Breakthrough Mapping Of Alzheimer's Genome Helps ID Four New Suspect Genes
Four novel genes that may significantly increase the risk of the most common form of late-onset Alzheimer's have been identified by researchers at Massachusetts General Hospital and Harvard Medical School, as reported in the November 7th issue of American Journal of Human Genetics. The findings, part of a larger "Alzheimer's Genome Project" (AGP) established three years ago to identify the full set of Alzheimer's disease genetic risk factors, may lead to more aggressive therapeutic interventions to slow, stop or even reverse the effects of the disease. These new therapies would differ from current treatments that only address the symptoms of the disease.
Dr. Rudolph Tanzi, chairman of the Cure Alzheimer's Fund Research Consortium and the Joseph P. and Rose F. Kennedy Professor of Neurology at Harvard Medical School, completed the largest family-based genome-wide association screen conducted to date. More than 400 families affected by Alzheimer's disease were screened to determine genetic variants associated with the inheritance of Alzheimer's. The four genes discovered in the family study are described in the article.
Technological advances are improving the understanding of the genetic mechanism that governs Alzheimer's disease and are making it feasible to identify the complete set of genes influencing risk for Alzheimer's disease, Dr. Tanzi said.
In addition to the genome-wide association screen, Dr. Tanzi and Dr. Lars Bertram of Harvard Medical School have been analyzing Alzheimer's genetics literature to determine which of the hundreds of proposed Alzheimer's candidate genes are genuine disease genetic risk factors. These summarized findings, implicating 30 gene candidates, are updated regularly at AlzGene.org (a public Web site sponsored by the Cure Alzheimer's Fund). Tanzi and Bertram highlighted 10 of the most interesting of these genes in the current issue of Nature Reviews Neuroscience. Ultimately, the goal is to combine the results of the Alzheimer's family-based genome-wide association screen with the bioinformatics results of AlzGene.org .
The combined efforts of the family-based genome-wide association screen and AlzGene.org studies have led to the identification of 70 genes containing variants that either confer risk for, or protect against, Alzheimer's, making up the most comprehensive genetic map of the disease.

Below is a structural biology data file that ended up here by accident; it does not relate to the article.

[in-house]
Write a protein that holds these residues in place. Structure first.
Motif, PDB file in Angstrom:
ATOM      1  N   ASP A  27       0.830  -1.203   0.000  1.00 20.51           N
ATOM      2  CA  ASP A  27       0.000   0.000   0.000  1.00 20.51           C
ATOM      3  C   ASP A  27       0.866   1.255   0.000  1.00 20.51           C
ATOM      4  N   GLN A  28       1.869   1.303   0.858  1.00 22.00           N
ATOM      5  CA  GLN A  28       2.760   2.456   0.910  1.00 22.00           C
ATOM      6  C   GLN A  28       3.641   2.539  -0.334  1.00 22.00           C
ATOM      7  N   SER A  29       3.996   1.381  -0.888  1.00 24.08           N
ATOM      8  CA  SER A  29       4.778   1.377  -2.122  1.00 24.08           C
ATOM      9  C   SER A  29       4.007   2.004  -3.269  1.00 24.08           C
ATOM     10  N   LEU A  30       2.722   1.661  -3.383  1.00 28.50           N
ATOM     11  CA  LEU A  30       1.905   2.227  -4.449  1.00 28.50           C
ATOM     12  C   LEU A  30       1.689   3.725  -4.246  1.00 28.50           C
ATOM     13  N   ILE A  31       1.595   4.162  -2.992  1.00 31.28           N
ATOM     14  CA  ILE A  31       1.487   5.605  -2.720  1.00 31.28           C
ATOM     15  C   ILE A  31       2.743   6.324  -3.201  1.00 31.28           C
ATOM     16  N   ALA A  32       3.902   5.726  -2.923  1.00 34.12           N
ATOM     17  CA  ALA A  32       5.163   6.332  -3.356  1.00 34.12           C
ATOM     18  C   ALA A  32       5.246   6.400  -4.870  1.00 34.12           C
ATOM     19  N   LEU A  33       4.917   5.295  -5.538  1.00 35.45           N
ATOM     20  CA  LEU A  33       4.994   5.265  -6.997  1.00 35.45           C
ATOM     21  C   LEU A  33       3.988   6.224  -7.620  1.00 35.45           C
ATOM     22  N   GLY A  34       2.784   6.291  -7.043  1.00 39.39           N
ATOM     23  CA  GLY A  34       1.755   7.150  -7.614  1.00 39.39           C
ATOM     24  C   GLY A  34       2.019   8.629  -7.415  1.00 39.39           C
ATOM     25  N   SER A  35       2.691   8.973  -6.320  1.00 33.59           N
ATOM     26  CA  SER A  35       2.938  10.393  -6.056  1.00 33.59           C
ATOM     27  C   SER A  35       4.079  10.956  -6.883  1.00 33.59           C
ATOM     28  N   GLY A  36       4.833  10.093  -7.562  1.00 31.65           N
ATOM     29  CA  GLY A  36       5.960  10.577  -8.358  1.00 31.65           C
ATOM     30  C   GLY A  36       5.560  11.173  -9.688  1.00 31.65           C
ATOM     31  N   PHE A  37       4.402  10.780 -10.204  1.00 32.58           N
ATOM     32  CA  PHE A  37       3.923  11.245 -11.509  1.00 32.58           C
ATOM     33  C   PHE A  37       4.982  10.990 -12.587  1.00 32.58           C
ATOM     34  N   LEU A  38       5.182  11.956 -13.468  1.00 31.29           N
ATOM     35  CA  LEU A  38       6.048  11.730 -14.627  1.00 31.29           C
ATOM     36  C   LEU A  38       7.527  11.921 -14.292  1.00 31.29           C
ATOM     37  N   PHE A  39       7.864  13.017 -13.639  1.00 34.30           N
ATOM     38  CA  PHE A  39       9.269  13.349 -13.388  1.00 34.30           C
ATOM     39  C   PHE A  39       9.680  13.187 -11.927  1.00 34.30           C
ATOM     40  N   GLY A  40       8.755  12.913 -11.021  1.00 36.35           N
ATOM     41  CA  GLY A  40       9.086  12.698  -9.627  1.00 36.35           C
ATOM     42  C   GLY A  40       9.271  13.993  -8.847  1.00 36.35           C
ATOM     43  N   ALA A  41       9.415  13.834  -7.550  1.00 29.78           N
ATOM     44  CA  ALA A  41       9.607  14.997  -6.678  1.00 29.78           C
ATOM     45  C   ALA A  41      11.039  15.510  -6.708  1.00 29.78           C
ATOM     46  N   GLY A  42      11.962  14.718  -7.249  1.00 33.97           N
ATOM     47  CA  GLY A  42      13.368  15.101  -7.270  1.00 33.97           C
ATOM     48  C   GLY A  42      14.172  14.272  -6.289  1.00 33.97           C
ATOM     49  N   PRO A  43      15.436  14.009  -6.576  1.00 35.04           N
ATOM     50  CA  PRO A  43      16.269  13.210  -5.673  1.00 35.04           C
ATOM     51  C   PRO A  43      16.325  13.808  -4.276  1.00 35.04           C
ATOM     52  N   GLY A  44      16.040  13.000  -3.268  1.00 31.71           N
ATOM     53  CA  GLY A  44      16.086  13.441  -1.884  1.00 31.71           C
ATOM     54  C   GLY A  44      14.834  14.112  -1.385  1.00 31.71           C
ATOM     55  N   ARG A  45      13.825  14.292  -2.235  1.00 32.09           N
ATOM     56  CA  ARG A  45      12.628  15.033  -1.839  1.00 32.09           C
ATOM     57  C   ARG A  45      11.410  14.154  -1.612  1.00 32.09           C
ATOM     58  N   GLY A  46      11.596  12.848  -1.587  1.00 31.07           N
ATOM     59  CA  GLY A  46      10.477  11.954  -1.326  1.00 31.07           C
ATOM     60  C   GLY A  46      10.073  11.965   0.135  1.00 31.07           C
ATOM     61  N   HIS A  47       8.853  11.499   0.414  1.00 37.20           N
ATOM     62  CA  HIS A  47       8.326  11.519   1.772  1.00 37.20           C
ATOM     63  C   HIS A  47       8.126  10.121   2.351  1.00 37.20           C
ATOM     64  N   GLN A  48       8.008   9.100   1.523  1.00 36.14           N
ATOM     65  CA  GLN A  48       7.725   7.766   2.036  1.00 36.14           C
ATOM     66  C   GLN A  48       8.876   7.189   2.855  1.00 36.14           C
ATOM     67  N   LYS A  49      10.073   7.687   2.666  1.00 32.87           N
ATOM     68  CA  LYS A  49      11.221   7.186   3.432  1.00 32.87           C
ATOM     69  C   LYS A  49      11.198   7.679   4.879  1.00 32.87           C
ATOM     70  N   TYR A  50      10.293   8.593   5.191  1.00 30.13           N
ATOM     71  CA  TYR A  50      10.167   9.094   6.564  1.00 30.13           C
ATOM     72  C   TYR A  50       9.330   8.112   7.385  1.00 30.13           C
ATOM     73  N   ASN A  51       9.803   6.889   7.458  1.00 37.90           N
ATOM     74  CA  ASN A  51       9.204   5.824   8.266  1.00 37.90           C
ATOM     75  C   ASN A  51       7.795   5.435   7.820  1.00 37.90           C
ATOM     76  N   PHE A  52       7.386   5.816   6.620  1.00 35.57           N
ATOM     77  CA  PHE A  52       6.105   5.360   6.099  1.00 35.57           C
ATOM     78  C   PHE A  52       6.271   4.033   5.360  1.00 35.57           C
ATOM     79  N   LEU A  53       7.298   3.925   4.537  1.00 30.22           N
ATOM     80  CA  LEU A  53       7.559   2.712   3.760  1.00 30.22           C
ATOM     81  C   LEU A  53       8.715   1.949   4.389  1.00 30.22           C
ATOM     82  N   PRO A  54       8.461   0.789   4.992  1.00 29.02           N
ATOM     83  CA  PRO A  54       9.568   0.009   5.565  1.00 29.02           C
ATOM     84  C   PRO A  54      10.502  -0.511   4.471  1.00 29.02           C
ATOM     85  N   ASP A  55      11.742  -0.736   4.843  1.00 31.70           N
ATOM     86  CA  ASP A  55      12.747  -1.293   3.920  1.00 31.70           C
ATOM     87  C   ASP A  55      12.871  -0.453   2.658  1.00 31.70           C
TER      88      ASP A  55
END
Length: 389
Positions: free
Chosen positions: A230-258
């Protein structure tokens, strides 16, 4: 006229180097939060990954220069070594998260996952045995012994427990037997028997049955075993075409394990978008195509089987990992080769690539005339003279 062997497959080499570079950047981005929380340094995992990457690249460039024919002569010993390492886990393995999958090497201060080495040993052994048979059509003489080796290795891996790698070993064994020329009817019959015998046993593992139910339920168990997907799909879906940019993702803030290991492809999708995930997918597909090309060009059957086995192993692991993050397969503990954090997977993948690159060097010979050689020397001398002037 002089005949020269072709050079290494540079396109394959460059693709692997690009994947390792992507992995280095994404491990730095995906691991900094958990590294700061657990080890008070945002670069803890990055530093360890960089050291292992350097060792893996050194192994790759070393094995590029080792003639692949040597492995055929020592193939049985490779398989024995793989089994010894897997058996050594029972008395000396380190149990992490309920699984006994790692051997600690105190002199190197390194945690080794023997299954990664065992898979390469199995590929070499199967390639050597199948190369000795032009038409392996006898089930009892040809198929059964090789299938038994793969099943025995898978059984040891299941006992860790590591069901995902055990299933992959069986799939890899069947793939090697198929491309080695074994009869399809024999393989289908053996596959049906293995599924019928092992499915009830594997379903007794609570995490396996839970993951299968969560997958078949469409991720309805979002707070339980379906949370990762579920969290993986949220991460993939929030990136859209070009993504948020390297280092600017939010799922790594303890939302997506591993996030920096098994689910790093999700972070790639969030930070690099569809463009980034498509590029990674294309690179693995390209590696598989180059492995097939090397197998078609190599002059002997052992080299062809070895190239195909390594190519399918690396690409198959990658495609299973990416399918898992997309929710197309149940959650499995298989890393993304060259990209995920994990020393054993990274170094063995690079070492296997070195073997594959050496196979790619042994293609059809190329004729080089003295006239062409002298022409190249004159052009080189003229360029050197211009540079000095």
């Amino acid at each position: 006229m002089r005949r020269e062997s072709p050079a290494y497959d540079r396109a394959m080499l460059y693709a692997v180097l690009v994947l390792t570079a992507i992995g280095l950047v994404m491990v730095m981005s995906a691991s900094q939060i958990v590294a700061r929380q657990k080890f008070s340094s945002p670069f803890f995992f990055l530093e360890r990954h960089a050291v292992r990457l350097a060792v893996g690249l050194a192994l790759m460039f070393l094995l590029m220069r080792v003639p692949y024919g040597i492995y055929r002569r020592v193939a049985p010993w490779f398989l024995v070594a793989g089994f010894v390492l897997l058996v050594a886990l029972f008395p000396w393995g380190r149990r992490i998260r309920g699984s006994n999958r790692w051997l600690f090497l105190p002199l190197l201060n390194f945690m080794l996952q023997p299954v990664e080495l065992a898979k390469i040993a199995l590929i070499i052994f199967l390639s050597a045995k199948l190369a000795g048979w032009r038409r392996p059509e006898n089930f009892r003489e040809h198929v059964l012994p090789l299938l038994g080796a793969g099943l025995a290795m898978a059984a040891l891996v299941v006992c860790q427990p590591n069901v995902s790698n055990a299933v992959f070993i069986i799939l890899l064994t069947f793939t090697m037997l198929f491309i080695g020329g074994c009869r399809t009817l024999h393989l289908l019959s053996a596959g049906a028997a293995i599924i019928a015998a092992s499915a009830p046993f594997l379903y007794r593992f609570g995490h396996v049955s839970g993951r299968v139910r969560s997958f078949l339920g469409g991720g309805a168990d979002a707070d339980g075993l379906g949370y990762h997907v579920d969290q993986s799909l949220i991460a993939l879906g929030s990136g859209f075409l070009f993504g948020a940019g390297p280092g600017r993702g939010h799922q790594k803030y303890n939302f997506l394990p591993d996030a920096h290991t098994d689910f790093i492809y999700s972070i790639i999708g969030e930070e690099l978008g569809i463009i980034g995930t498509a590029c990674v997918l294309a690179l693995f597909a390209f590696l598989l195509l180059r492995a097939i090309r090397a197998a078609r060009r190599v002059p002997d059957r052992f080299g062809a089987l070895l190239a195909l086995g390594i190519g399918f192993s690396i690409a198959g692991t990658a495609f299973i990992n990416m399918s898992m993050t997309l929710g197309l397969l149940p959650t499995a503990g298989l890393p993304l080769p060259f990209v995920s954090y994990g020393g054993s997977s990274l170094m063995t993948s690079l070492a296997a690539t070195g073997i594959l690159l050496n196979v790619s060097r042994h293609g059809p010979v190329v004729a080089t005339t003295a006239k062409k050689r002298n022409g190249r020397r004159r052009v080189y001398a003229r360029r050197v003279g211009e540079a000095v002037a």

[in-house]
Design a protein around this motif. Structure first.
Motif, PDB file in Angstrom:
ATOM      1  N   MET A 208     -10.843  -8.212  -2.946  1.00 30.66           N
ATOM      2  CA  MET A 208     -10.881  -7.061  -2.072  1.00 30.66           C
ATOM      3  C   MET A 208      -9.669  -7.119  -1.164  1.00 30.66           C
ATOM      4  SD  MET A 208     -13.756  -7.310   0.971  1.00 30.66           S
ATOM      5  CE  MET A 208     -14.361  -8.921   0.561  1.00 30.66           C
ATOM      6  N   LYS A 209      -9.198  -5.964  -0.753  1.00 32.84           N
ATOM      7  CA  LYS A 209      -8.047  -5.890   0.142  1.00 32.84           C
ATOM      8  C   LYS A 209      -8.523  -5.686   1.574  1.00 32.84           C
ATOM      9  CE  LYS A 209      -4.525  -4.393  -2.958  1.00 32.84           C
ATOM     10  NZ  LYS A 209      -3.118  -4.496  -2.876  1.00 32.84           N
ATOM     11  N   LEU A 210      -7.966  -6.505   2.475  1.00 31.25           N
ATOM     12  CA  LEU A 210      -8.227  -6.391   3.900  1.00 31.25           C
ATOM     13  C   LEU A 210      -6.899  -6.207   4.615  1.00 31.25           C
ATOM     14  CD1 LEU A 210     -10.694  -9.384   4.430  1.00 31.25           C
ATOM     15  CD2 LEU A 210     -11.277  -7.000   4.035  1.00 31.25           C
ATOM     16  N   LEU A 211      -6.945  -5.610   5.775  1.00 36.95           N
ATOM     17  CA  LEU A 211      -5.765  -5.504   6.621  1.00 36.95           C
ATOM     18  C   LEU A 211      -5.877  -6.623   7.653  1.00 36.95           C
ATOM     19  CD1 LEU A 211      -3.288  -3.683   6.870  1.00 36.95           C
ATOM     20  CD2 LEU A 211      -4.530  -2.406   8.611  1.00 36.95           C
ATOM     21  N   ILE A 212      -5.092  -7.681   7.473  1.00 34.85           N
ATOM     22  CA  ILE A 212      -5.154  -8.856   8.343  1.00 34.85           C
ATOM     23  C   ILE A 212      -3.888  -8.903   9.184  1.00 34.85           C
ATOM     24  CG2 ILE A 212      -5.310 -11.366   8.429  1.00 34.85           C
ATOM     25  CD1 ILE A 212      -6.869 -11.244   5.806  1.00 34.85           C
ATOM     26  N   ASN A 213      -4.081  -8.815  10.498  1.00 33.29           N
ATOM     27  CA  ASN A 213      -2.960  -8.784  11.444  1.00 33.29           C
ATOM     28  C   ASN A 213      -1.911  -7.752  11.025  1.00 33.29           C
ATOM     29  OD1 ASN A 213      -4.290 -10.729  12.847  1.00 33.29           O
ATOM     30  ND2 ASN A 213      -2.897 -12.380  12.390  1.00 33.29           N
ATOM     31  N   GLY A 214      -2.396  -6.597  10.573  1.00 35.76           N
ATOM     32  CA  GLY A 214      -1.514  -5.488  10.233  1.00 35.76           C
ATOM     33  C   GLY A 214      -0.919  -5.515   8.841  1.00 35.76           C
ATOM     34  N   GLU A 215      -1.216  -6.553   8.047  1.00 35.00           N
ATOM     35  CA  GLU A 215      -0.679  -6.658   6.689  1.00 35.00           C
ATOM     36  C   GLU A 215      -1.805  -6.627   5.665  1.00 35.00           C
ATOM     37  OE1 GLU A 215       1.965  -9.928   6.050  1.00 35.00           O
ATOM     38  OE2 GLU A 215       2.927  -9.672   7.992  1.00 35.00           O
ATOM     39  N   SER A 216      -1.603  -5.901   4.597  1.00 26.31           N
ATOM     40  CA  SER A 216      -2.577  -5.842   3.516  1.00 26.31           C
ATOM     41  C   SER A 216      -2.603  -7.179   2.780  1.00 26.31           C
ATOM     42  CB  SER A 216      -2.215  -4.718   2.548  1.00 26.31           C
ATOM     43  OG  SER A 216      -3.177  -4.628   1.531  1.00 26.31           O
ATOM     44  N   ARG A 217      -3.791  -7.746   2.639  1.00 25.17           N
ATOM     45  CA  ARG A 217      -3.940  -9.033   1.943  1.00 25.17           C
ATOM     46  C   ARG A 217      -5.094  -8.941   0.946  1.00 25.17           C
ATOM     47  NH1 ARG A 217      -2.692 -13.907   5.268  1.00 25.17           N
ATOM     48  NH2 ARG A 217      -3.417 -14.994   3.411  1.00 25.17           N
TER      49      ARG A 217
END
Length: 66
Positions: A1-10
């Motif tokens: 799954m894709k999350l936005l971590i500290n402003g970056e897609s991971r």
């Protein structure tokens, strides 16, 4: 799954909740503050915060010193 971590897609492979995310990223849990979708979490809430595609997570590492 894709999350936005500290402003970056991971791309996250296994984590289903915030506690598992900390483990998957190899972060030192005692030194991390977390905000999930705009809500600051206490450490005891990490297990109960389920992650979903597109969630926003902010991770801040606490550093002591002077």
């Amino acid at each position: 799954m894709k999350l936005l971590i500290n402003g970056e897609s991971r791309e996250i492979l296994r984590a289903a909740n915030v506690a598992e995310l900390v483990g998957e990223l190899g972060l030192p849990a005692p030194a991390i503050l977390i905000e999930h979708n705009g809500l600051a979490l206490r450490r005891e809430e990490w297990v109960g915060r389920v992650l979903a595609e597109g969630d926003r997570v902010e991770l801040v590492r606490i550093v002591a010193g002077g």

"This project is the most complete and comprehensive search for the genes that cause Alzheimer's disease published to date," Tanzi said. "Our hope is to use this new information to not only better diagnose and someday predict risk for Alzheimer's but to also learn from these genes the biological causes of Alzheimer's. The knowledge gained from understanding the Alzheimer's-associated defects in these genes will almost certainly accelerate the development of novel therapeutics and hopefully lead to a potential cure for this devastating disease."
The current understanding of the causes and pathological progression of Alzheimer's disease have been made possible by studies of four Alzheimer's genes discovered between 1987 and 1995, three of which were co-discovered by Tanzi. Since these genes account for only 30 percent of the genetic basis of Alzheimer's disease, three years ago Cure Alzheimer's Fund initiated the Alzheimer's Genome Project aimed at determining the remaining 70 percent of the genetic basis of Alzheimer's disease. Taking advantage of major technological and analytical breakthroughs in human genetic studies, the project was able to reach this milestone with a limited budget, led by a contribution of $3 million from Cure Alzheimer's Fund.
"We are on the cusp of a rare 'science moment' that could alter the way we diagnose, treat and prevent Alzheimer's disease," said Tanzi. "Ultimately, the combined results of the family-based genome-wide screen and AlzGene.org will allow for the reliable prediction of Alzheimer's disease while also guiding the development of therapies."